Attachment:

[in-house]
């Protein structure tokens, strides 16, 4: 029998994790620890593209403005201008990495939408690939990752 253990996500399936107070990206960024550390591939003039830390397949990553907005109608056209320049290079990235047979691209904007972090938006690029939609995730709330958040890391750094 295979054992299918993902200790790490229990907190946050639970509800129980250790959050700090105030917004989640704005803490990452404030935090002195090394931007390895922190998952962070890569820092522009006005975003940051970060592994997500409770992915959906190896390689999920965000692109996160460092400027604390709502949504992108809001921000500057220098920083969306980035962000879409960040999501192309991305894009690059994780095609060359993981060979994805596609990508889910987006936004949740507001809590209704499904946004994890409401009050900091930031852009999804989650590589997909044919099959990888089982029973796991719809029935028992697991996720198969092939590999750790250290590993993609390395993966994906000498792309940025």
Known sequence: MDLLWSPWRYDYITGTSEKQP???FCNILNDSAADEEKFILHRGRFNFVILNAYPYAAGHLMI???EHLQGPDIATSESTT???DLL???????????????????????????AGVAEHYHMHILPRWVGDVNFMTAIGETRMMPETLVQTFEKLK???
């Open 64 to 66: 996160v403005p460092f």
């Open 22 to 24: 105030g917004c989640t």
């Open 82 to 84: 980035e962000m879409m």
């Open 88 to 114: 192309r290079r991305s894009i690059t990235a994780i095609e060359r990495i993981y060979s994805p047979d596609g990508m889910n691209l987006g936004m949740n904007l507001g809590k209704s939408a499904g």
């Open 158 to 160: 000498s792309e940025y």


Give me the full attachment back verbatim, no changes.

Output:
[in-house]
């Protein structure tokens, strides 16, 4: 029998994790620890593209403005201008990495939408690939990752 253990996500399936107070990206960024550390591939003039830390397949990553907005109608056209320049290079990235047979691209904007972090938006690029939609995730709330958040890391750094 295979054992299918993902200790790490229990907190946050639970509800129980250790959050700090105030917004989640704005803490990452404030935090002195090394931007390895922190998952962070890569820092522009006005975003940051970060592994997500409770992915959906190896390689999920965000692109996160460092400027604390709502949504992108809001921000500057220098920083969306980035962000879409960040999501192309991305894009690059994780095609060359993981060979994805596609990508889910987006936004949740507001809590209704499904946004994890409401009050900091930031852009999804989650590589997909044919099959990888089982029973796991719809029935028992697991996720198969092939590999750790250290590993993609390395993966994906000498792309940025």
Known sequence: MDLLWSPWRYDYITGTSEKQP???FCNILNDSAADEEKFILHRGRFNFVILNAYPYAAGHLMI???EHLQGPDIATSESTT???DLL???????????????????????????AGVAEHYHMHILPRWVGDVNFMTAIGETRMMPETLVQTFEKLK???
């Open 64 to 66: 996160v403005p460092f």
């Open 22 to 24: 105030g917004c989640t």
């Open 82 to 84: 980035e962000m879409m």
């Open 88 to 114: 192309r290079r991305s894009i690059t990235a994780i095609e060359r990495i993981y060979s994805p047979d596609g990508m889910n691209l987006g936004m949740n904007l507001g809590k209704s939408a499904g």
């Open 158 to 160: 000498s792309e940025y």